I do not believe this is chatter. It makes no such distinctive noise. I have not tried spring passes because I've heard that that is just a crutch / Band-Aid indicative of another problem with the cut.

                    Originally posted by J Tiers View Post
                    Rake on the tool will change the geometry, and can require different angles.

                    The simple case is if you use rake across the tool, so the left edge is not changed, and the right edge is not asked to cut at all, in which case you do not need to consider the angles aside from the normal angle of left edge.
                    I don't hone the right cutting edge as I'm feeding in at an angle and the right side of the tool does not touch the work at all. I do use a 60° included angle reference guide when grinding the tool to make my flanks straight and in alignment.

                    Originally posted by mickeyf View Post
                    Not my experience.

                    As J Tiers says, "right edge is not asked to cut at all" --feed in at an angle with your compound so that only the left edge of the tool is cutting and needs to be considered as having correct geometry. If both left and right were cutting their chips would collide, and you can't possibly have the same rake on both without pretty fancy grinding equipment.
                    I agree and will continue to use flank infeed at an angle. I have tried plunging straight in in fine-pitch threads in brass and aluminium without ill effects though.

                    Originally posted by HWooldridge View Post
                    Rigidity also helps. I used to get the same type of results on my old Sheldon 10x36 with the stock lantern post setup. I sold the Sheldon and bought a much newer Jet 12x36 with an Aloris QCTP setup and the problem went away. This was using the same cutting tools and steel source.
                    Oh, I'm quite rigid already. A two ton Czech lathe and a Multifix "B"-size QCTP from Wuhan Create Tool in China. I sometimes do hogging in 3-4" diameter mild steel with parameters along these lines: 700-1000 RPM, feeding 0.30 - 0.40 mm./rev, taking up to 4-5 mm. depth of cut (removing 8-10 mm. of the diameter). The lathe does not make a squak, except for the loaded sound of the motor. It consumes around 17A @ 230V 3-phase at idle, and peak loads near 35A when roughing would by my math have the active power approach ~15 horsepowers at most.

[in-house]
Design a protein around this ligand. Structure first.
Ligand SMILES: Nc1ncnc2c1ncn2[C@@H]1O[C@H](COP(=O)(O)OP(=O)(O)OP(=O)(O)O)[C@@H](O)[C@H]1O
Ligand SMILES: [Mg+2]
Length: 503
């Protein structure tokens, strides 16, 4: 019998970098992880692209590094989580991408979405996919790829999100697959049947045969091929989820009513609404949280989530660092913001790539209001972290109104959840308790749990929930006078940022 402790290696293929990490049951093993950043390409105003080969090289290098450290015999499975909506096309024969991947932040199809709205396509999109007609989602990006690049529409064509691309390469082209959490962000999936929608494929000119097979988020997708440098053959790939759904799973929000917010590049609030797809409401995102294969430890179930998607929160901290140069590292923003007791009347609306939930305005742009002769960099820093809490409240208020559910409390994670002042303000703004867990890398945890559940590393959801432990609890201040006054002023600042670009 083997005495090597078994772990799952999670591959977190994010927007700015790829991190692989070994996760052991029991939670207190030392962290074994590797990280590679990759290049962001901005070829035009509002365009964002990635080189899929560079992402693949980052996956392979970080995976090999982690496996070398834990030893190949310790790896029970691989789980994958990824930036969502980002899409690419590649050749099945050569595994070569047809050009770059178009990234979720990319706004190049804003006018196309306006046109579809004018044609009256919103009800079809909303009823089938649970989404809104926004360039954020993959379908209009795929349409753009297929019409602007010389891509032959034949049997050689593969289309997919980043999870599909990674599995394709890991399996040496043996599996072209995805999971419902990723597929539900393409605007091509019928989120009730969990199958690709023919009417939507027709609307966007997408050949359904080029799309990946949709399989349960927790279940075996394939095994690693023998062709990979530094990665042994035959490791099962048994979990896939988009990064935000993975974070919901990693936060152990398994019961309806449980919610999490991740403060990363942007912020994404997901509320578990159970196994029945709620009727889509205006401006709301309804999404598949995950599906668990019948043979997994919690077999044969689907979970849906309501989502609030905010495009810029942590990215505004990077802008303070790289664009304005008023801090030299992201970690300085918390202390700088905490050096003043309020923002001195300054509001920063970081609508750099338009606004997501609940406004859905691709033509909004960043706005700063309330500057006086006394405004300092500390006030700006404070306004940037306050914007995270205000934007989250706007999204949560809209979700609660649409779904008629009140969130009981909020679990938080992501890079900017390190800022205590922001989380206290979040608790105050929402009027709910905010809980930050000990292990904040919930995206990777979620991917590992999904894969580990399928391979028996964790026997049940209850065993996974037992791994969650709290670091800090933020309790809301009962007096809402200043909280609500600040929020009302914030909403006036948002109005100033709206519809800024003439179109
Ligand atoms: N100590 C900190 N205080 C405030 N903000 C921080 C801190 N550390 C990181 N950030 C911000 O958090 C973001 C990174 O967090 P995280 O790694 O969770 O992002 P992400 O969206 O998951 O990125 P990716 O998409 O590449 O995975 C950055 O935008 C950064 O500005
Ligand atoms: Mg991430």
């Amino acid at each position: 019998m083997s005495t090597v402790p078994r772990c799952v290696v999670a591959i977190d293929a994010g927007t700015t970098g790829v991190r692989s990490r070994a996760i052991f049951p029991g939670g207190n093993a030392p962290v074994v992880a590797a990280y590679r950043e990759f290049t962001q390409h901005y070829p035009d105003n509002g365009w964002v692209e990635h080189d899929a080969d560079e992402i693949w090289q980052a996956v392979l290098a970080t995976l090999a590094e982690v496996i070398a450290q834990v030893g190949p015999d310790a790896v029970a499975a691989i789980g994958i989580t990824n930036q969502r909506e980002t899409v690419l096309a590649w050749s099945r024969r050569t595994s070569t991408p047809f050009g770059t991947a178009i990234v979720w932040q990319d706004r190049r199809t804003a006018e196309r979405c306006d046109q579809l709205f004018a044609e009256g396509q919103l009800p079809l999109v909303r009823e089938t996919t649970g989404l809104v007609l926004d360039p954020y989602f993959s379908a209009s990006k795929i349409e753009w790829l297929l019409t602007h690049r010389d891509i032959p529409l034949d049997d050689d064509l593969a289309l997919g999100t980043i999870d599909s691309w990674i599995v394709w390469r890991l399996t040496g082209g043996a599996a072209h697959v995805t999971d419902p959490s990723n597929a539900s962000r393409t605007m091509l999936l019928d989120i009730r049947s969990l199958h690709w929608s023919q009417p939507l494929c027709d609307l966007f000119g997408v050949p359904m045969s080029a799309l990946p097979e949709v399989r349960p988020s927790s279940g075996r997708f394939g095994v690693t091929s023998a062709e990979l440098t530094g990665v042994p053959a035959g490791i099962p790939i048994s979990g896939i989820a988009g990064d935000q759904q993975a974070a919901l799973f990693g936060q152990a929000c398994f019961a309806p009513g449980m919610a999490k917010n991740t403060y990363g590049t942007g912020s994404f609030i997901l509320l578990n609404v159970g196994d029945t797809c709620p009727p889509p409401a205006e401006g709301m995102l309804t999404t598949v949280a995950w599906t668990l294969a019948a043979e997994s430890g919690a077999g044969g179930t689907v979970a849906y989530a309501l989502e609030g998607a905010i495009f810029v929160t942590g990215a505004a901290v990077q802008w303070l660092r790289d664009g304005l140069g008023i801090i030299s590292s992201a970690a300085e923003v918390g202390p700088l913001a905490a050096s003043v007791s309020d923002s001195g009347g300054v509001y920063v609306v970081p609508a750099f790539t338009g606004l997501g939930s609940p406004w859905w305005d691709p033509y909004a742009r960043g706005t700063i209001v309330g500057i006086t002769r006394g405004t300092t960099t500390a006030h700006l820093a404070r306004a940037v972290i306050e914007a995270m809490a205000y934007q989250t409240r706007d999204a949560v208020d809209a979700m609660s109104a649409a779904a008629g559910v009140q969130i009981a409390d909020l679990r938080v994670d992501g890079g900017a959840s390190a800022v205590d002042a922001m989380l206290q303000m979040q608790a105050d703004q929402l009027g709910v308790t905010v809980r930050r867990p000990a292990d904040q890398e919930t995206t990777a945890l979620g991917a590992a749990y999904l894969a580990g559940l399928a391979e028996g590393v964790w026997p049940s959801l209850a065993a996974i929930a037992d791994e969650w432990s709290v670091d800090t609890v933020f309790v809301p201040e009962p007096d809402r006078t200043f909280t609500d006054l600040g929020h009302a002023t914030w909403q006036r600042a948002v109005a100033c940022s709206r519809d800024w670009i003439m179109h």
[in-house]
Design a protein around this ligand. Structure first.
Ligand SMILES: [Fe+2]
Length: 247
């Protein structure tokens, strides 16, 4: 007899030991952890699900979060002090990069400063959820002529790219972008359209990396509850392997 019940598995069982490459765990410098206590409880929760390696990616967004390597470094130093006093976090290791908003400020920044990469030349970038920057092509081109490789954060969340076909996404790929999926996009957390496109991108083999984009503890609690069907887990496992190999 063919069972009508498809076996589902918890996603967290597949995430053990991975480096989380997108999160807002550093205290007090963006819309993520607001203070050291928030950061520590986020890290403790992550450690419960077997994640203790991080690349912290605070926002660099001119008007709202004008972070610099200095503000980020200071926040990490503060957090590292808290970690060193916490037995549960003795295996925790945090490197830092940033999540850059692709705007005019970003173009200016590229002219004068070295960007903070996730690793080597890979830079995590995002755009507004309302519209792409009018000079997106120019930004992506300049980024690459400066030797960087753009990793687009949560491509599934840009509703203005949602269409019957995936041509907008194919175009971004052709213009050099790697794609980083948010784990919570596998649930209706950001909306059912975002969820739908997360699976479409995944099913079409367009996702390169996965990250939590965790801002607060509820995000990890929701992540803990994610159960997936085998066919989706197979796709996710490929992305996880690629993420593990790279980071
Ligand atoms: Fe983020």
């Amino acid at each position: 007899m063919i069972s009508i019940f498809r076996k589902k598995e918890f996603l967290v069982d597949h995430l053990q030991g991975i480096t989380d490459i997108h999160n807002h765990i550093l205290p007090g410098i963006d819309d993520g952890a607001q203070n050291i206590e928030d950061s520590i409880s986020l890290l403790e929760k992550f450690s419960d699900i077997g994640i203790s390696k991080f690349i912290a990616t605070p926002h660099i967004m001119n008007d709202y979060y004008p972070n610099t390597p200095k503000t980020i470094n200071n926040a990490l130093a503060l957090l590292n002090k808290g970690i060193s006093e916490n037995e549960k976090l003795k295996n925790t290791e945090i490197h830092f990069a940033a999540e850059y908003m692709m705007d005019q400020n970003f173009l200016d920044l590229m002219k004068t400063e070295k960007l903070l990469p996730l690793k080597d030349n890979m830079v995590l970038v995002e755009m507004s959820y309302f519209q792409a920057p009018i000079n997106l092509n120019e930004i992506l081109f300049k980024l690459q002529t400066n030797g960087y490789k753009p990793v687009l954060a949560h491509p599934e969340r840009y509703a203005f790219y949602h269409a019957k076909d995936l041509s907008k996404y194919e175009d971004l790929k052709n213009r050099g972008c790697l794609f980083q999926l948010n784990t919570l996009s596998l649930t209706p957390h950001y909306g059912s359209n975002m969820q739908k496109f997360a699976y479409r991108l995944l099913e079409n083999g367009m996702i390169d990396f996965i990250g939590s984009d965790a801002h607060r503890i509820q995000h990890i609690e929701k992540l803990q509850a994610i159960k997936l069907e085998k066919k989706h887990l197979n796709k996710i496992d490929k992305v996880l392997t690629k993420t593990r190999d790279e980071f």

Cutting edge as presented to the workpiece. It's ground at an all-around 9-degree offset to have the cutting edge approach close to the chuck without shearing the drive pin on the threading leadscrew for the fourth time.


                    Front view of the toolbit:
                    EDIT: the toolbit is 10 mm. square, or midways between 3/8" and 7/16":


                    The lapped cutting edge, viewed from below:


                    More of the imperfect finish, this is with a fresh grind and hone on my toolbit:
                    Last edited by Oyvind Ryeng; 11-10-2017, 05:09 PM.

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                    • #25
                      Lowered the cutting tool:


                      Lowered it some more and reduced the speed to 45 RPM and a very fine infeed:


                      100% crop of the picture above from my Olympus E-3 with Zuiko 50 mm. f/2.0 macro lens. The surface is brutal enough to be a death-metal album cover:
                      EDIT: It looks like a scaly dragon is wrapping itself around a round rod. A small dragon, to be sure, with a diameter of 1.5 mm.


                      This is with an 11IR carbide insert boring bar, upside-down and threading away from the chuck at the same slow 125 RPM: